Massachusetts is no stranger when it comes to deer and moose sightings. The fall season is particularly an active time for these animals as it is their breeding season, especially for moose and white-tailed deer.

WBEC AM logo
Get our free mobile app

It's Not Difficult to Spot Deer in Massachusetts

I can't tell you how many times over the years I have seen deer here in Massachusetts, particularly on my way to work. I make my way to work at about 3:30 am and I have spotted deer many times along the way, especially in the towns of Lee, Stockbridge, and Great Barrington. You can pretty much see deer anywhere, rural areas, towns, and cities, heck I see them in my backyard from time to time.

Moose Sightings are Becoming More Common in Massachusetts Too

Moose sightings have become more frequent as well lately. Case and point, students and teachers at Naquag Elementary School in Rutland, Massachusetts recently spotted a moose right outside of the building.

In addition, a few months back another moose was strolling along Timpany Boulevard in Gardner, Massachusetts, and caused a bit of a mini-traffic tie-up as motorists had to slow down so the animal could safely cross the street.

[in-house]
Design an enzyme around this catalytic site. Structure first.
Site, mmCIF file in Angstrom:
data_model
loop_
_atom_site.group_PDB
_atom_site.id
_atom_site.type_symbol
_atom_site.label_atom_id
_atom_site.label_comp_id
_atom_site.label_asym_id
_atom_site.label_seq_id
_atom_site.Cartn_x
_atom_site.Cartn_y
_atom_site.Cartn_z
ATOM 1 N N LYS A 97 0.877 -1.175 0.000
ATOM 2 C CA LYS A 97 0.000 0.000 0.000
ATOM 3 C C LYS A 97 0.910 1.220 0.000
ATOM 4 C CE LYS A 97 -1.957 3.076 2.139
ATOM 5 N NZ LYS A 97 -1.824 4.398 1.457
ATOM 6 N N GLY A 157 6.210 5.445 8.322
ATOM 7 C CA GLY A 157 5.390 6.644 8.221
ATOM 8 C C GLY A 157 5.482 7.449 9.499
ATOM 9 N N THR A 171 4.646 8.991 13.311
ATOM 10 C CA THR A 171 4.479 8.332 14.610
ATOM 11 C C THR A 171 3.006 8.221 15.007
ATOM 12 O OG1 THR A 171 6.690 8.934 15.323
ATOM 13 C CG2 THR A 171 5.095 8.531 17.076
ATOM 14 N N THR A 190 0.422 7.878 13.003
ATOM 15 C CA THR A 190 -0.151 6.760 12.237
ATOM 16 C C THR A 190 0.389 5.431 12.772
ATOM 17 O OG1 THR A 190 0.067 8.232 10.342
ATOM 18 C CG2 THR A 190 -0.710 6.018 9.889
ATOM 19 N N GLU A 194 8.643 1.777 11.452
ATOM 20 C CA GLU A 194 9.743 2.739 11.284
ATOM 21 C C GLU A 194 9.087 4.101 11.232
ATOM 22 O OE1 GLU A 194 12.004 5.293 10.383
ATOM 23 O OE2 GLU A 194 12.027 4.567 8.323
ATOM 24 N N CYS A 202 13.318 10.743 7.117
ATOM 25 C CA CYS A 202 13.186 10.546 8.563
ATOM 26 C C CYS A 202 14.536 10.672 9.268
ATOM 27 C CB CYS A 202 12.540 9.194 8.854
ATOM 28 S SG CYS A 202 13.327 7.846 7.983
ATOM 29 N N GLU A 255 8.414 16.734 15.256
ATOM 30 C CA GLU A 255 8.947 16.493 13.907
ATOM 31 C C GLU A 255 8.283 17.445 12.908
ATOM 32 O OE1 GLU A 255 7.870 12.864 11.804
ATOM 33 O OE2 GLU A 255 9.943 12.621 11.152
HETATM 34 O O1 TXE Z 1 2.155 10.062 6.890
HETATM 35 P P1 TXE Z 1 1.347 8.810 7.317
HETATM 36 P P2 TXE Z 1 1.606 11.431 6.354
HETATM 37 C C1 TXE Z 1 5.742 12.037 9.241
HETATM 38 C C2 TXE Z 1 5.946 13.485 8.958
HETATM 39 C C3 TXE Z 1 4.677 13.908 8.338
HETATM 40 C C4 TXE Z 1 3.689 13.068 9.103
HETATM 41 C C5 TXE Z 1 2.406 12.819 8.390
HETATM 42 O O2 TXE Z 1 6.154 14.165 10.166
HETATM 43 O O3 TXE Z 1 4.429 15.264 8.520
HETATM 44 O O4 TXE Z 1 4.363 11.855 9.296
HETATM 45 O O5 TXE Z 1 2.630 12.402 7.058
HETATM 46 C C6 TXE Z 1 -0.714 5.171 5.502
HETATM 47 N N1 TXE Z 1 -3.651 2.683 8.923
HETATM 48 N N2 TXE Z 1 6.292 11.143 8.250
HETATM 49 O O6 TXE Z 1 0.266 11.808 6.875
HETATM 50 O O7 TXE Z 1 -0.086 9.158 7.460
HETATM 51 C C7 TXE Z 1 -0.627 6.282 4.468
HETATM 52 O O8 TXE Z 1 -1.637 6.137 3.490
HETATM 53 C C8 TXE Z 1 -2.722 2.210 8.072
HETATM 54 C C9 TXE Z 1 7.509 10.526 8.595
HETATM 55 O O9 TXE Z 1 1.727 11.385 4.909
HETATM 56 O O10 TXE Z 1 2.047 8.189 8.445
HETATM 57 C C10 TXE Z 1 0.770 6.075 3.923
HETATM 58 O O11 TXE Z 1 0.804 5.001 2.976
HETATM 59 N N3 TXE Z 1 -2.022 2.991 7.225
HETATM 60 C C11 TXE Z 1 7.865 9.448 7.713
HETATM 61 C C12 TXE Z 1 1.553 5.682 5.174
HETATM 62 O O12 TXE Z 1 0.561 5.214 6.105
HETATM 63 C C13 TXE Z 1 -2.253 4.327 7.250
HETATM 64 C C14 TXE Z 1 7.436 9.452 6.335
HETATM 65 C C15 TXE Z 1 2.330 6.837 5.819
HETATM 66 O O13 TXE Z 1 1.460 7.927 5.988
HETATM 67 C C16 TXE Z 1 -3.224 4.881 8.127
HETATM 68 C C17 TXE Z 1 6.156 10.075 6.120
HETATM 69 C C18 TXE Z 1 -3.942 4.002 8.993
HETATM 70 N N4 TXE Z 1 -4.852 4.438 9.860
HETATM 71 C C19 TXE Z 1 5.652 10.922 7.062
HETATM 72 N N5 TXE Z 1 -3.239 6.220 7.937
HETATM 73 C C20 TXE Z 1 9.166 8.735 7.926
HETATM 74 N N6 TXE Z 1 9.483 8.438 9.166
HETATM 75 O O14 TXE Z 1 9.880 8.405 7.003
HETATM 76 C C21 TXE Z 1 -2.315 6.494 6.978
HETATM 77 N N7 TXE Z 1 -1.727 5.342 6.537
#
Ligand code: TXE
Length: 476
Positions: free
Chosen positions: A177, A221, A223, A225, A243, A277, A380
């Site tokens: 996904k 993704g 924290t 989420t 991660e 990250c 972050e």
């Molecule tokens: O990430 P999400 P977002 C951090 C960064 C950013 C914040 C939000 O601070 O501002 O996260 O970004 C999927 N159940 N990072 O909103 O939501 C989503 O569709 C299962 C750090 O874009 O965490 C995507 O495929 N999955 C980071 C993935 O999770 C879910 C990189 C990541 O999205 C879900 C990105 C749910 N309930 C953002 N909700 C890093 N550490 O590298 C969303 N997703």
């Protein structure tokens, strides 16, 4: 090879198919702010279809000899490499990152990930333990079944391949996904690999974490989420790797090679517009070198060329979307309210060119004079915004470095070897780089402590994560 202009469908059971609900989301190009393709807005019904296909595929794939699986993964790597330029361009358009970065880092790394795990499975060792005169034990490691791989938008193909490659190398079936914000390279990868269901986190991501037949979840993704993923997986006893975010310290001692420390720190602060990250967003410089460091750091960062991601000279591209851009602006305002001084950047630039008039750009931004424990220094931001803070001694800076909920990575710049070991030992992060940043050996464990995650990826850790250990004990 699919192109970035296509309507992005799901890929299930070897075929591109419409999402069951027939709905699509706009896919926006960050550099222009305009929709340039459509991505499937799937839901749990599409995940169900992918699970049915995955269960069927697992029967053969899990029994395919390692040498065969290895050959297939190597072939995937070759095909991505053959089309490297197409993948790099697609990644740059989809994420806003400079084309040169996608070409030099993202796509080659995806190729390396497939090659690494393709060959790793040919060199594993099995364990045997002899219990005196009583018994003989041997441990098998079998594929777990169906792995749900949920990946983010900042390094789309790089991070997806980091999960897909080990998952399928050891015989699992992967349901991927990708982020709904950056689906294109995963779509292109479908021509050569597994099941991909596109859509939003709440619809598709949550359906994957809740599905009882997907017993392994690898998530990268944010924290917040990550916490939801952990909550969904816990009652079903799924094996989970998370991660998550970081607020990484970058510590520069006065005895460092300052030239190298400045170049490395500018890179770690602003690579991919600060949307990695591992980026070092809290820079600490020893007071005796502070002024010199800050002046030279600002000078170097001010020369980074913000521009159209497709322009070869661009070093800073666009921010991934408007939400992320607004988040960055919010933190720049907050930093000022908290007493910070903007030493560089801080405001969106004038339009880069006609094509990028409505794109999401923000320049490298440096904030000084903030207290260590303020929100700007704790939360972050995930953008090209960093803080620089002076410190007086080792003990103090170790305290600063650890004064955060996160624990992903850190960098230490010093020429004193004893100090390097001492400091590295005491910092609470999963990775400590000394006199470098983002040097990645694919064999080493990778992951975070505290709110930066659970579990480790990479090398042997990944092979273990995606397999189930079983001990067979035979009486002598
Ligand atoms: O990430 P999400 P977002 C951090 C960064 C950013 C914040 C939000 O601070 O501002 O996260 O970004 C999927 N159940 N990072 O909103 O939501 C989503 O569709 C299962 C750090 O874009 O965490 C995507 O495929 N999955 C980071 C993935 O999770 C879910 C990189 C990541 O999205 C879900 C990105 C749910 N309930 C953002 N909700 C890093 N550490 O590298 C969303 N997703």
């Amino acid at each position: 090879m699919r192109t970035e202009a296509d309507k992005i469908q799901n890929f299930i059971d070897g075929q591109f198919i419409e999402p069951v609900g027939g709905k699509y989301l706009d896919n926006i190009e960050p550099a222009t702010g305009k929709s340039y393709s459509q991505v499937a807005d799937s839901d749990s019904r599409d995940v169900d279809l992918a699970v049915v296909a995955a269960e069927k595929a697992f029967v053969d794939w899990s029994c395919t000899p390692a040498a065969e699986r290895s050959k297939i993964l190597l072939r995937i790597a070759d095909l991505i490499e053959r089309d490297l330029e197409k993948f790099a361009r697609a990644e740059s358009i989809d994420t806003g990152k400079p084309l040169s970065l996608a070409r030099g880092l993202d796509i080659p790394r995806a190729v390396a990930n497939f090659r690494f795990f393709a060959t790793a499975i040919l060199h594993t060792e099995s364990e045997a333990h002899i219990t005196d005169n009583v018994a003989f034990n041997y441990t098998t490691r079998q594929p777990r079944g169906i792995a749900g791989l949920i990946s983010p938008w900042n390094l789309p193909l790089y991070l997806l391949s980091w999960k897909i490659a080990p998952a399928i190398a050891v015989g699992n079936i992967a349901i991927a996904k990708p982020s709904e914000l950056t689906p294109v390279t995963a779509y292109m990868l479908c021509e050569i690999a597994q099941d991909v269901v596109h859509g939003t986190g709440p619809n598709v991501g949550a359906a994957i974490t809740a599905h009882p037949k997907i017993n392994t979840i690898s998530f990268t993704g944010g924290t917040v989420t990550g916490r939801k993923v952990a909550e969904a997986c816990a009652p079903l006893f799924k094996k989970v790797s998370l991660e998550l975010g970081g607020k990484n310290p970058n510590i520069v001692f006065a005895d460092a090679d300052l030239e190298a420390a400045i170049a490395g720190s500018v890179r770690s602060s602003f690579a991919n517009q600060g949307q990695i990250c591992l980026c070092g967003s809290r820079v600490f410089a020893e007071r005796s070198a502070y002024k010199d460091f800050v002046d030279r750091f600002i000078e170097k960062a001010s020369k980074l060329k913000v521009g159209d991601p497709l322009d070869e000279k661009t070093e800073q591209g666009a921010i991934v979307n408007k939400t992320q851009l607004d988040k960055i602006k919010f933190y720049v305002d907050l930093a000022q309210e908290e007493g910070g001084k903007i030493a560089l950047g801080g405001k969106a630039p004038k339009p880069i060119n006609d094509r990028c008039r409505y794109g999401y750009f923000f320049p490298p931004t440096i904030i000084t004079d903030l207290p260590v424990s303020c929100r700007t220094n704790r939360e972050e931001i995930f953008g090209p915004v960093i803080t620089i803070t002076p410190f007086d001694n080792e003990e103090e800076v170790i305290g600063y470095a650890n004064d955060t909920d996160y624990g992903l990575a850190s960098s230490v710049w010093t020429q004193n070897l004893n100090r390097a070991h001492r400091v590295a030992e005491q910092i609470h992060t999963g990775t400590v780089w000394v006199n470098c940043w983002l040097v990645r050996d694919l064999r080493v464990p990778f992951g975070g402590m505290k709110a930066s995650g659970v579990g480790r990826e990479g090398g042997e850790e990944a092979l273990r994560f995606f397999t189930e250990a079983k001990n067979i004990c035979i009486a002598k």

Unfortunately, there comes a time when a motorist inevitably collides with a moose or deer along their journey, and the animal is either not injured that badly and can carry on or ends up passing away.

What Should You Do If You Collide with a Deer or Moose in Massachusetts? 

Did you ever wonder if there is an official protocol if you hit a deer or a moose? Actually, there is. If you collide with one of these animals with your vehicle, states that the incident should be reported to the Environmental Police at 1-800-632-8075. In the event of a deer/vehicle collision, the driver or passengers of the vehicle involved (MA residents only) may salvage the deer by bringing it to a MassWildlife Office to be officially tagged.

LOOK: Here are the states where you are most likely to hit an animal

Hitting an animal while driving is a frightening experience, and this list ranks all 50 states in order of the likelihood of such incidents happening, in addition to providing tips on how to avoid them.

Gallery Credit: Dom DiFurio & Jacob Osborn

LOOK: Longest-living dog breeds

To find out the longest-living dog breeds, Stacker examined data from the journal Genetics and American Kennel Club's 2023 breed popularity rankings. 

Gallery Credit: Sophia June

LOOK: Here are the pets banned in each state

Because the regulation of exotic animals is left to states, some organizations, including The Humane Society of the United States, advocate for federal, standardized legislation that would ban owning large cats, bears, primates, and large poisonous snakes as pets.

Read on to see which pets are banned in your home state, as well as across the nation.

Gallery Credit: Elena Kadvany

More From WBEC AM